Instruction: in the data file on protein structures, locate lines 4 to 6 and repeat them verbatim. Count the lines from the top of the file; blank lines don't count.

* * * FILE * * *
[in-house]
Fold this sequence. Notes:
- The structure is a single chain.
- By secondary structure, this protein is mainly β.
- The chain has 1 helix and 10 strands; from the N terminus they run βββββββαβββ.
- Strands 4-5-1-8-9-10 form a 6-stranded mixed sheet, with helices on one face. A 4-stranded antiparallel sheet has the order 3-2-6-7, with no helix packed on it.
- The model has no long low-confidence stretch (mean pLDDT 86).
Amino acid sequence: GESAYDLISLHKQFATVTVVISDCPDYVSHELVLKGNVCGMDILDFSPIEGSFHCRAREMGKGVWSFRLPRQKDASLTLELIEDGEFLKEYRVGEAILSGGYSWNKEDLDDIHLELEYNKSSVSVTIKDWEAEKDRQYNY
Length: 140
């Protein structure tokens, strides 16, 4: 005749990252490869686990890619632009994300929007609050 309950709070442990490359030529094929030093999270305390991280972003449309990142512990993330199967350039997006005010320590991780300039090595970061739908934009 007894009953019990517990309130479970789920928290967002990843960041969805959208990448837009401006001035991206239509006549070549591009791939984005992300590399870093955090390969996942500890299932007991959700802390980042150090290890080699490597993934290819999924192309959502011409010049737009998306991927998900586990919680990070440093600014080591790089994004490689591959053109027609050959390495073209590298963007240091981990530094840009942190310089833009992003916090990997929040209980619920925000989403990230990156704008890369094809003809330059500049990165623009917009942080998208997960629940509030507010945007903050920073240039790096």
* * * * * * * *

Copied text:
- By secondary structure, this protein is mainly β.
- The chain has 1 helix and 10 strands; from the N terminus they run βββββββαβββ.
- Strands 4-5-1-8-9-10 form a 6-stranded mixed sheet, with helices on one face. A 4-stranded antiparallel sheet has the order 3-2-6-7, with no helix packed on it.